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The crime of direct and public incitement to commit genocide before the ictr: a case of ngeze hassan

( Télécharger le fichier original )
par Yassin Tusingwire
National University of Rwanda  - LLB 2007

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Section one: Definition of press freedom

There is no universal definition of press freedom. However, the United Nations' definition of press freedom, contained in article 19 of the Universal Declaration of Human Rights45 is commonly accepted. The spirit of this freedom which is synonymously linked with freedom of speech contained in the above article stipulate as; «every one has the right to freedom of

43 The press is privately owned by any one who has the money to start the newspaper or other media outlets. Its objective is not to further the agenda of the state or those in power but instead to inform, to entertain and to sell. See N.C. CORNWELL, freedom of the press, rights and liberties under the law, 2004, p.8

44 Idem p.7

45P. GHANDHI, Blackstone's International Human Rights documents, 3rd edition, 2002, p. 24

opinion and expression; this right includes freedom of opinions with out interference and to seek, receive and impart information and ideas through any media and regardless of frontiers» Therefore, many states take article 19 as the principle of press freedom.

According to a human rights watch report, freedom of press implies the freedom to circulate and distribute, as well as the right to determine the format in which the published material is presented. The same freedom implies a number of other assumptions, among them that access to information should not be hampered by the authorities; this includes freedom of access to official information and the rig ht of the public to be informed the exercise of freedom of the press also implies the capacity of journalists to protect their source.46

Section 2: Press freedom

§1. Press freedom under International law

The concept of press freedom under international law cannot be discussed in isolation of freedom of expression.

The United Nations have endorsed and promoted the philosophy of press freedom in its international humanitarian law simultaneously with the concept of freedom of speech. Therefore, the concept of press freedom in this section will be presented interchangeably with freedom of expression. This is mainly because all international legal instruments on press freedom have been either related or referred to freedom of expression.

The spirit of free expression which constitutes the first reference standard of press freedom is contained in article 19 of the UN Universal Declaration of Human Rights stated as:

Every one has the right to freedom of opinion and expression; this right includes; freedom to hold opinions with out interference and to seek, receive and impart information and ideas through any media and regardless of any frontiers.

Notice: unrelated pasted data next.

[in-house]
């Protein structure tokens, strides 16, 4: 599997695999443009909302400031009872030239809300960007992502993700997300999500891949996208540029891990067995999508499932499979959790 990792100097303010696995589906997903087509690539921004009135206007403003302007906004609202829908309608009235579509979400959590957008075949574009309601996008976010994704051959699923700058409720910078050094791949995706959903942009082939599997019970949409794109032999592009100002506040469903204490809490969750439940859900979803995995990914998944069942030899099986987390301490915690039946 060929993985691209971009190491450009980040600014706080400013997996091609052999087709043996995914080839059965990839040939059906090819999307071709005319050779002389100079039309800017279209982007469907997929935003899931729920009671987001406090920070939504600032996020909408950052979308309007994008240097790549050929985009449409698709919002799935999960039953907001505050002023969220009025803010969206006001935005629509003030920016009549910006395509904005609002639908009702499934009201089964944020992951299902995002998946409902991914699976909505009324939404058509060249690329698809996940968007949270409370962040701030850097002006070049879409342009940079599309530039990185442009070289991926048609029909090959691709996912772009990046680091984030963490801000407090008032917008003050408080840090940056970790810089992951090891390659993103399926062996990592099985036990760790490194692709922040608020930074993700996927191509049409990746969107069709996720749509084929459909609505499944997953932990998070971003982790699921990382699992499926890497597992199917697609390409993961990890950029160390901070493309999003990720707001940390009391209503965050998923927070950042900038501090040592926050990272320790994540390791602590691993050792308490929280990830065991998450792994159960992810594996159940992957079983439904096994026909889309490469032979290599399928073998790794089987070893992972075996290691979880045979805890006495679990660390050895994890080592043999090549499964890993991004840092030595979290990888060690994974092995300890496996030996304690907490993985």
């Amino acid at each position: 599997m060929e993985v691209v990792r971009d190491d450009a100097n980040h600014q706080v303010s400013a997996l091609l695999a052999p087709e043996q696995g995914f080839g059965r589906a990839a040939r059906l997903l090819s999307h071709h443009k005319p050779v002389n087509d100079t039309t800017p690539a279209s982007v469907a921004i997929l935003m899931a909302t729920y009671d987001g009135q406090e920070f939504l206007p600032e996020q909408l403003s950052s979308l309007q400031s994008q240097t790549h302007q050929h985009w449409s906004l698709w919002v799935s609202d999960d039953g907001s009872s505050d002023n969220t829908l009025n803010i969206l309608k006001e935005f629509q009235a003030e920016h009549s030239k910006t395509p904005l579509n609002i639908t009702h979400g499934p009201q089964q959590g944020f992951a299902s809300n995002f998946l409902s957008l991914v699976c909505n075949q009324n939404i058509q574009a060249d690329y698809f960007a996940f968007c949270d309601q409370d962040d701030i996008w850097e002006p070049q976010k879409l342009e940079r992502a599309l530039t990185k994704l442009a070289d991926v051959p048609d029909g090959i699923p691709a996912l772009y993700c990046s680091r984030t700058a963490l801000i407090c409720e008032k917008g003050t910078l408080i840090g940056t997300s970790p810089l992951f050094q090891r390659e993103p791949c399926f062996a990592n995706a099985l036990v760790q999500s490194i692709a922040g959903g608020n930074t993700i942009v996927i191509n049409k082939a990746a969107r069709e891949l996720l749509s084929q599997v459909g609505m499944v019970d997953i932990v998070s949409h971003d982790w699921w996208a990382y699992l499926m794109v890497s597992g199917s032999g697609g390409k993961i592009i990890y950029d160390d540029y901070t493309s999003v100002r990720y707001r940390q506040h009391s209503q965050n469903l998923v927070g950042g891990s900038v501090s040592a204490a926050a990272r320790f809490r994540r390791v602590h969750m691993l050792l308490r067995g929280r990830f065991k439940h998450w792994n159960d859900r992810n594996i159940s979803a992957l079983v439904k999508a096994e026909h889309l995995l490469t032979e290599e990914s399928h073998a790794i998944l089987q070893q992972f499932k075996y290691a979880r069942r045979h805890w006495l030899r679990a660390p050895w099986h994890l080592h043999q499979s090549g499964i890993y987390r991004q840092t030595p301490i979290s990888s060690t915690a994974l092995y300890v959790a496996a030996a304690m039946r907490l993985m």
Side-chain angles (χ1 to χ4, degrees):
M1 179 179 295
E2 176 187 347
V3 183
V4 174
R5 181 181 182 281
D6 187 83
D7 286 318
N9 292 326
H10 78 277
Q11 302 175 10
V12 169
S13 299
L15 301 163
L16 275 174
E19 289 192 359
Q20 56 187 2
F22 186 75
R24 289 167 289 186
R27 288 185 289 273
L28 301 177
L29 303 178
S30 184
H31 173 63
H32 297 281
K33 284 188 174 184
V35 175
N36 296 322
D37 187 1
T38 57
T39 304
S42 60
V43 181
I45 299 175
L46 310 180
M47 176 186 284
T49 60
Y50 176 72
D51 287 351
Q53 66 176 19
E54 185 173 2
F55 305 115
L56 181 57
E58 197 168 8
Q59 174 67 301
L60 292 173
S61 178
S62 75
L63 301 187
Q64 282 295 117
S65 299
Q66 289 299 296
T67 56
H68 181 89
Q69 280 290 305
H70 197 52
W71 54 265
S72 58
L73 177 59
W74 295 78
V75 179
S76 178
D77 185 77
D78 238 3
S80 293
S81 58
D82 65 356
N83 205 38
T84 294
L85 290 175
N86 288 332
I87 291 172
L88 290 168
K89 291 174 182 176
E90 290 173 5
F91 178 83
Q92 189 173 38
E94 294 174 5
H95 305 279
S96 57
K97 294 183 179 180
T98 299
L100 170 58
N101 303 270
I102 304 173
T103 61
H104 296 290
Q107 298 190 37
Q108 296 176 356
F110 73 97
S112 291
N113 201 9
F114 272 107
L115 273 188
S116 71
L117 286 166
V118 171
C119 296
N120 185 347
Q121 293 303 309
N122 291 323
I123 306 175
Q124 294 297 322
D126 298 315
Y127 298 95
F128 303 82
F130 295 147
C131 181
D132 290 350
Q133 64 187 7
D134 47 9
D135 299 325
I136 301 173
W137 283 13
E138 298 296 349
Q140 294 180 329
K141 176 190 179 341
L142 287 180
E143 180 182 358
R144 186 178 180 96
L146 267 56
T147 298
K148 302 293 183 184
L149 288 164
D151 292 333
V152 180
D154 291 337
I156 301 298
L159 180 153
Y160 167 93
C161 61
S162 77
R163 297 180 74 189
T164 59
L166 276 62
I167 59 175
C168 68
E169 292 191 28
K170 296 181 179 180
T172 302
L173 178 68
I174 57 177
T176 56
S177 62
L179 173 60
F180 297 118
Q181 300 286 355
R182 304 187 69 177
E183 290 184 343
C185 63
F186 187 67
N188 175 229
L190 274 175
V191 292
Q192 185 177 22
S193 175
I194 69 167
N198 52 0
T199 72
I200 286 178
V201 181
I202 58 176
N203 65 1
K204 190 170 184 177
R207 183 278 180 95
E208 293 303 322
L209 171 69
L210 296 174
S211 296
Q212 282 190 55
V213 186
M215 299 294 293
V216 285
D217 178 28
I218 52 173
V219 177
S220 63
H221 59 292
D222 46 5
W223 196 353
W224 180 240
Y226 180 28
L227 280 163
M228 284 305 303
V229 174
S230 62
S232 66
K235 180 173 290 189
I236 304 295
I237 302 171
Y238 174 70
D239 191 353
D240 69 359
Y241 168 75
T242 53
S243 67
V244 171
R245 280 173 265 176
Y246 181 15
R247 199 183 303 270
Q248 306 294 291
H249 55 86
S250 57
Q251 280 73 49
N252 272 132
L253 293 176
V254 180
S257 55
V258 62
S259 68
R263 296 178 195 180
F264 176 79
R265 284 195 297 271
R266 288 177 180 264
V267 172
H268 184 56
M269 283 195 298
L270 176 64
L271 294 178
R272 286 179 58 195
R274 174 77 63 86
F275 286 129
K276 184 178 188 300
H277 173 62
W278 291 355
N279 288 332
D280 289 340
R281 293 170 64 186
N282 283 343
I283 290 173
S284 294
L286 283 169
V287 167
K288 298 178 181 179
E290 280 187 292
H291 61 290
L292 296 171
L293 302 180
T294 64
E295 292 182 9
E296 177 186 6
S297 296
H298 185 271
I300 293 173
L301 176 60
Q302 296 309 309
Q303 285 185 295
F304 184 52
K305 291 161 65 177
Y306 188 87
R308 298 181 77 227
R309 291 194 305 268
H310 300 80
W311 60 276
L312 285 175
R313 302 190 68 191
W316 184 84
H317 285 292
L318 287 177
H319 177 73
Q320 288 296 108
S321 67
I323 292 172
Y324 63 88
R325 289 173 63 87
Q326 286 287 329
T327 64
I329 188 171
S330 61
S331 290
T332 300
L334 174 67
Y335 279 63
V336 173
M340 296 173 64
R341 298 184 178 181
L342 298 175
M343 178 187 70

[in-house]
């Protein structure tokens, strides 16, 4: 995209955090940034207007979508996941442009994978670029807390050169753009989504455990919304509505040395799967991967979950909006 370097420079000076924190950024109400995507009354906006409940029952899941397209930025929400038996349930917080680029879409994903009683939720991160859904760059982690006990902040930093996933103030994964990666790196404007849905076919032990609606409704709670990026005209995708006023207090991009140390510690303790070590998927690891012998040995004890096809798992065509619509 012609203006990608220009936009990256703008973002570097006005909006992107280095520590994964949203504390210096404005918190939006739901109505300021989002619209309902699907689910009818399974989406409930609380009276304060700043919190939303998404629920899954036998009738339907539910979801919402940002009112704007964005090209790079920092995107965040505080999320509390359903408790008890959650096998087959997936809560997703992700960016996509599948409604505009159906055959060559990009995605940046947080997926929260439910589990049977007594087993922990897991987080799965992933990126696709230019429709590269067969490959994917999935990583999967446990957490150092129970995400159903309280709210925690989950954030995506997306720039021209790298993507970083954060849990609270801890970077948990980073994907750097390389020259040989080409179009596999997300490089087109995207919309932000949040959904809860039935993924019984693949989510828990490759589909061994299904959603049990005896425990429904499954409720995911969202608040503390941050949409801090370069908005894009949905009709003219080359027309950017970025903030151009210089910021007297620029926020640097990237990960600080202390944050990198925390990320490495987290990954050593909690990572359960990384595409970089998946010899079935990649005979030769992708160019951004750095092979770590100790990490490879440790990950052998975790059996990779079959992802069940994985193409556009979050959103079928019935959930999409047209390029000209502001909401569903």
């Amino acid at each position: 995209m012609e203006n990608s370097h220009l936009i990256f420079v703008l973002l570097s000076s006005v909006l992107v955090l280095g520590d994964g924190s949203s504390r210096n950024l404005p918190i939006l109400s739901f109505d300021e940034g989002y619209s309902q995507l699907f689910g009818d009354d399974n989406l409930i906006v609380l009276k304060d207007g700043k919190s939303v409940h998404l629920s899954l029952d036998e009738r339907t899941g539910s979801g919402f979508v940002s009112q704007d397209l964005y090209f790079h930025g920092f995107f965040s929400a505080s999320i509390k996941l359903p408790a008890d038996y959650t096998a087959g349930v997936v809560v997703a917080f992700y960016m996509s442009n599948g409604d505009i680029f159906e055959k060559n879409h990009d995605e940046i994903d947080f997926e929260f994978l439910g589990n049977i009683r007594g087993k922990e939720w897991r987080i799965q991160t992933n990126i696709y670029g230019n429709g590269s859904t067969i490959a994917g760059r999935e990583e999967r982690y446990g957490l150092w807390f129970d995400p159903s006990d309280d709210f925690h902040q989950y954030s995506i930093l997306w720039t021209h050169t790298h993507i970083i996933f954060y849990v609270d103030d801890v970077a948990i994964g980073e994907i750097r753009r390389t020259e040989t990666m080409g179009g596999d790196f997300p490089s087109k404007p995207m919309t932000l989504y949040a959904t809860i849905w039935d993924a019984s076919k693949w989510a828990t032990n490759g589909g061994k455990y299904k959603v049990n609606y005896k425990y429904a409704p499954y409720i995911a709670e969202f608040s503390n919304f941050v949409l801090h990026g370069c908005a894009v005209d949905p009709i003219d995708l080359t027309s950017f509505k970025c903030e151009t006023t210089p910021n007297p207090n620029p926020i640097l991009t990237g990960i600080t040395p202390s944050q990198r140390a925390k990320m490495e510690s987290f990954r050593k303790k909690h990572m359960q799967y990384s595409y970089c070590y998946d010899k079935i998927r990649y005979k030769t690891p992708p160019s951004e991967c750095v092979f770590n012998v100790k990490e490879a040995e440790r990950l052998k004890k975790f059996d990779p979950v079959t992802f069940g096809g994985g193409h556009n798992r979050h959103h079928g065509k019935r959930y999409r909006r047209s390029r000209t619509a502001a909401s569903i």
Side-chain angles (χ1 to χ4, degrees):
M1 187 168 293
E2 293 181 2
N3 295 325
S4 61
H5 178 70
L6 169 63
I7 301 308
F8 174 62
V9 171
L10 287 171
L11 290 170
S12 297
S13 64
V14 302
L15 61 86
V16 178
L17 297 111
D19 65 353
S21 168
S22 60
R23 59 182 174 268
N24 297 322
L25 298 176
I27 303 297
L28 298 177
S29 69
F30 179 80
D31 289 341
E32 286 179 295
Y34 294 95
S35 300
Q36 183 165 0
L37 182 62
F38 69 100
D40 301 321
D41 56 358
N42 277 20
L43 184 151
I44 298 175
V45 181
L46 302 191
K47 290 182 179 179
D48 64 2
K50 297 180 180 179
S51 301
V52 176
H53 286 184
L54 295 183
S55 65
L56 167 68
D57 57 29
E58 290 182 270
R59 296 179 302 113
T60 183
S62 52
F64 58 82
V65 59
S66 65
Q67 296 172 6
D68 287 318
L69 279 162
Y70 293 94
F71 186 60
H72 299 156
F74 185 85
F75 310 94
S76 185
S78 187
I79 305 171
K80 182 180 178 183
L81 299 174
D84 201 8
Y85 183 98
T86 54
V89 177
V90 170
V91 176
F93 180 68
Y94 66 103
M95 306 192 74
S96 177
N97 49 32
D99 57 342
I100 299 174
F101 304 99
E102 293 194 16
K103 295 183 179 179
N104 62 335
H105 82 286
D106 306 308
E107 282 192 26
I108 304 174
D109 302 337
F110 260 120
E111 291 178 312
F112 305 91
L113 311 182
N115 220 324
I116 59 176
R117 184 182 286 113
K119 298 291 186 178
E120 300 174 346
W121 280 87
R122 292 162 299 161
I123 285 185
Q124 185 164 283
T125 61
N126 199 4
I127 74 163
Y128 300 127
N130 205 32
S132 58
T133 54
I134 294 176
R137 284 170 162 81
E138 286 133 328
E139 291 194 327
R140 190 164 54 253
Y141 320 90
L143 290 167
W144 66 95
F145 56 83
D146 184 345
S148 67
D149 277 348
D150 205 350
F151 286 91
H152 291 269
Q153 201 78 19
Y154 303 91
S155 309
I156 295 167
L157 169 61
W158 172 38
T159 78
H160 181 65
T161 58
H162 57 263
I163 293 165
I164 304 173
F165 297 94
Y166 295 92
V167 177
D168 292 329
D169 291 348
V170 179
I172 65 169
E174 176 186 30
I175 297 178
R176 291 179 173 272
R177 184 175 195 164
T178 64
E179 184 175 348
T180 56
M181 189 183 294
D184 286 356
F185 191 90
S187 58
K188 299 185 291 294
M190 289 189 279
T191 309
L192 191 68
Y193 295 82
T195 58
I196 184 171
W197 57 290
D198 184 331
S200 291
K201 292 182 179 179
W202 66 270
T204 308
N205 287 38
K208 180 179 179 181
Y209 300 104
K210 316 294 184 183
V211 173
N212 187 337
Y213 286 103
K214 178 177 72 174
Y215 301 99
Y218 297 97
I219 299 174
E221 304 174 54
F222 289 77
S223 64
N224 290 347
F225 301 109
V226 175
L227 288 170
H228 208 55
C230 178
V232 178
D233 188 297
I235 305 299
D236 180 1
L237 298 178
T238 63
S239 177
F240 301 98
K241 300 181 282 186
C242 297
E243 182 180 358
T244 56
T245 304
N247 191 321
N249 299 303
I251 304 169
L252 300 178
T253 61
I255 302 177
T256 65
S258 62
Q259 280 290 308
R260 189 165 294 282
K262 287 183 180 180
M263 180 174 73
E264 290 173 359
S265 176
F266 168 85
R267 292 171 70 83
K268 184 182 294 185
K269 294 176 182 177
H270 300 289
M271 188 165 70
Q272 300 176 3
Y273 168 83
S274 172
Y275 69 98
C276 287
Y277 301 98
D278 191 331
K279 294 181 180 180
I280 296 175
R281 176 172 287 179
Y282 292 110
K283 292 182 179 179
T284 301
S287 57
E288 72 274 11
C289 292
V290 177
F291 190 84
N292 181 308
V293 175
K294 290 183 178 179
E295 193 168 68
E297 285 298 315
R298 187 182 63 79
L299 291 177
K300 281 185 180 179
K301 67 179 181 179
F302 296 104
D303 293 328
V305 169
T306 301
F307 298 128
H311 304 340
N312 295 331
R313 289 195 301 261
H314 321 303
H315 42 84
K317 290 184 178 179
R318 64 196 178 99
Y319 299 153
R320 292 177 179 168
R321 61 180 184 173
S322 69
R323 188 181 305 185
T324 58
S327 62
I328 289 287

46 Human Rights Watch; Limits of tolerance: freedom of expression and public debate in Chile, November 1998, printed in the United States of America

The above UN general assembly resolution especially its article 19 is widely regarded as having acquired the legal force of customary international law since its adoption in 1948 47

The International Covenant on Civil and Political Rights (ICCPR) adopted in a UN general assembly imposes formal legal obligations on state parties to respect its provisions and elaborate on many of the rights included in the ICCPR.48

Article 19 of the ICCPR guarantees the right to freedom of expression in terms very similar to those found in article 19 of the universal declaration of human rights.

Freedom of expression is further protected in the three continental regional legal instruments. The African Charter on Human and People's Rights guarantees freedom of expression in its article 9 as;

a) Every individual shall have the right to receive information.

b) Every individual shall have the right to express and disseminate his opinions with in the law.49

The European Convention on Human Rights in its article 10 stipulates that;

Every one has the right to freedom of expression. This right shall include freedom to hold opinions and to receive and impart information and ideas with out interference by public authority and regardless of frontiers. This article shall not prevent states from requiring the licensing of broadcasting, television or cinema enterprises.50

Lastly, the American Convention on Human Rights in its article 13 provides that; Every one has the right to freedom of thought and expression, this right includes freedom to seek, receive and impart information and ideas of all kinds regardless of frontiers, either orally, in writing, in print, in the form of art, or through any other medium of ones choice.51

47 Ibid.

48 Ibid.

49 th

African charter on human and people's rights, adopted on 28June 1981 by heads of state and government of the Organization of African Unity in its 18th assembly, in Nairobi,


Kenya and entered into force on 21October 1986

50 European convention on human rights, concluded by the ministers of the council of Europe convened in Rome, on 4th November 1950 and entered on 3 rd

into force September 1953

51 American convention on human rights, adopted at San Jose on 22nd November 1969 by the Inter-American specialized conference on human rights, and entered into force on 18 th July 1978